Ah, on reflection, it is clear that the direct image (and it's first higher version) of the constant sheaf (on $\mathbb{Z}$) have stalks $\mathbb{Z}$. Indeed, the preimage of a small simply connected open disk is just a solid torus. The first higher direct image won't be constant though since "the stalks of generic fibres are multiples of those of nearby singular fibres", which is the sort of thing I was expecting. –  Jamie Walton May 29 '13 at 10:29

2 Answers 2

up vote 3 down vote accepted

Indeed, you always get a fibration $M\to \hat B$, where $\hat B$ is the Haefliger's classifying space of the orbifold (the space whose cohomology is the orbifold cohomology of $B$). The fiber of this fibration is the principal leaf of your Seifert fibration.

One can write the corresponding spectral sequence. And indeed, if the orbifold is not a manifold you will get cohomology in infinitely many degrees, which has to be killed, when going to the third page of the spectral sequence.

The simplest example is the linear circle action on $M=S^3$ with parameters $(1,p)$, with one exceptional leaf, such that the angle at the quotient point is $2\pi /p$.

Then the spectral sequence is essentially the Gysin sequence of the spherical fibration. You obtain from the sequence that the cohomology of $\hat B$ must be generated by one element $e$ in $H^2(\hat B)= \mathbb Z$, the Euler class class of the fibration. The square $e^2$ of the element $e$ is the geneartor of $H^4 (\hat B)$. It has the same order as all other powers of $e$. And this order is exactly $p$. This you can see only locally and it cannot be seen from the Gysin sequence, since the sequence is the same for all $p$.

The sequence you get is very similar to the spectral sequence of the universal fibration $S^{\infty} \to CP ^{\infty}$. The infinitely many non-zero elements are killed in the same way.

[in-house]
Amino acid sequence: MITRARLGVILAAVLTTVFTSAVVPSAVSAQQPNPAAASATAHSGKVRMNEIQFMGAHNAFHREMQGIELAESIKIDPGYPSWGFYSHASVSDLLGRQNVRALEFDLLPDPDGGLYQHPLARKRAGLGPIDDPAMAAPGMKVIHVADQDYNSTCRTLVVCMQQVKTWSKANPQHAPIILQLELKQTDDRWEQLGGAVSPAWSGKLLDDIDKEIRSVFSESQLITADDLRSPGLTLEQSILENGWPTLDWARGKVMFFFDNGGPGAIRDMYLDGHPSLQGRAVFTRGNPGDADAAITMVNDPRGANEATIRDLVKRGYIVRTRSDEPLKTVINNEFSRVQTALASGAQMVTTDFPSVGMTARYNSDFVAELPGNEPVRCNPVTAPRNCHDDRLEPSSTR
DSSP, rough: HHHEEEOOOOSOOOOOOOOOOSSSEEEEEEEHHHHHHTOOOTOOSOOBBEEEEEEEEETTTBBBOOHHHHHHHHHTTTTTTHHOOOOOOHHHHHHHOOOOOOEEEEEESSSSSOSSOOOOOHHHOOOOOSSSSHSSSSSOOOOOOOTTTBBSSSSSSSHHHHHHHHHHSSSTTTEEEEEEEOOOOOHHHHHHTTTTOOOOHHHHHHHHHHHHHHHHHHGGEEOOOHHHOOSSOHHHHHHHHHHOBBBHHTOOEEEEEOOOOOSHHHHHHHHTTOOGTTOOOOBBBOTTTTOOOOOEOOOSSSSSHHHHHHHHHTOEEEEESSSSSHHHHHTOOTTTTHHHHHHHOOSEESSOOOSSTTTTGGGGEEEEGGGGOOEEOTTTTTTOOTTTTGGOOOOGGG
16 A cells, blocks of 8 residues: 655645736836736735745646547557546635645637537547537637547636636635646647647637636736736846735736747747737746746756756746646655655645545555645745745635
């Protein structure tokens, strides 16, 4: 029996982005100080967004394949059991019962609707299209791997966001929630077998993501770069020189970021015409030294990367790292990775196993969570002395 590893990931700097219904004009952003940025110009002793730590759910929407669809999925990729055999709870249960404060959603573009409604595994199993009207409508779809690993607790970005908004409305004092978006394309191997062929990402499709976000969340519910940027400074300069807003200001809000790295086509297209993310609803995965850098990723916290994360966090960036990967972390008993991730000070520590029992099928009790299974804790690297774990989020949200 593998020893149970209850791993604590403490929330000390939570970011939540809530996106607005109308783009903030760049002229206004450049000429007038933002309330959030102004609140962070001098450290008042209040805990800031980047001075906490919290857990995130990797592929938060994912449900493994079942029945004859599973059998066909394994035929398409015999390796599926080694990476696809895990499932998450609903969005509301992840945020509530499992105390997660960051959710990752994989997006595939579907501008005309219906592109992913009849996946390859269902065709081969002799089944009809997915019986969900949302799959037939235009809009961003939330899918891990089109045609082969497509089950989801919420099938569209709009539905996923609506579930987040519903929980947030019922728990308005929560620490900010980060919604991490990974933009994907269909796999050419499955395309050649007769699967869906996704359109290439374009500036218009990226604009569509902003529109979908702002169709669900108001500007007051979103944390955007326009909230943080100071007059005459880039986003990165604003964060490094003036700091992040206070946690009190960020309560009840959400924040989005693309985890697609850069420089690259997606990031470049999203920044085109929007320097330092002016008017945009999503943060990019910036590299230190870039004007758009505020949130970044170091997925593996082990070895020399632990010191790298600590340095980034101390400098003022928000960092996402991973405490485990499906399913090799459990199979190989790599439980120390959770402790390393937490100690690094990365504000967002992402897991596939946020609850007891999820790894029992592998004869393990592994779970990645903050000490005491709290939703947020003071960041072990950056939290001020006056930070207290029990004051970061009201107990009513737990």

share|cite|improve this answer
Beautiful, thanks Alexander. I should have thought about using the Gysin sequence, since we are just looking at circle bundles. I was thinking about twisted coefficients, but I guess that the action of the orbifold fundamental group here is trivial (and this happens if and only if the circle bundle is orientable, which we need for the Gysin sequence). I haven't seen many examples of the sort of cohomology rings you get for these orbifolds. I know that rationally it should be the same as for the base manifold, and I guess this example allows you to work backwards to some extent. –  Jamie Walton Jun 14 '13 at 17:38

In the article 'Circle actions on simply connected 5-manifolds' by Kollar, it is done just what you are looking for. There, the Leray spectral sequence is used to infer topological obstructions for a five manifold to admit a Seifert fibered structure over a 4-orbifold.

If I am not mistaken, this spectral sequence works here because Seifert fibrations do have the homotopy lifting property, so are fibrations.

Note that in the reference I give, everything is ordinary cohomology, i.e., no orbifold cohomology is involved, everything is done for the topological underlying space of the orbifold. I think this is quite good for non-experts in orbifold theory, as I am.

share|cite|improve this answer
I'm pretty confident that Seifert fibrations do not have the homotopy lifting property. Map a circle onto a singular point in the base. Then homotope this map through constant maps onto regular points. Taking the lift as the inclusion of the singular fiber, I do not see how the full homotopy can be lifted. –  John Harvey Jun 2 at 9:08
Right, thank you, I was confused. Then, how would you justify that the Leray spectral seuence works for seifert bundles? I thought it just worked for fibrations... –  juan rojo Jun 18 at 8:26
That's all a little beyond my range of expertise! But it seems that what Kollár is doing is the kind of stuff Tyler and Jamie refer to. The Leray spectral sequence is more general, but you need to understand the direct image of the sheaf. Looking at the reference quickly, it seems that in the Seifert case the sheaf cohomology coincides with the ordinary cohomology in the top three dimensions. In his case, this only leaves $H^1$, which is controlled by simple connectivity. In this case, it would be even better. So it seems like the Leray spectral sequence would be useful here. –  John Harvey Jun 19 at 11:51

Your Answer


By posting your answer, you agree to the privacy policy and terms of service.

Not the answer you're looking for? Browse other questions tagged or ask your own question.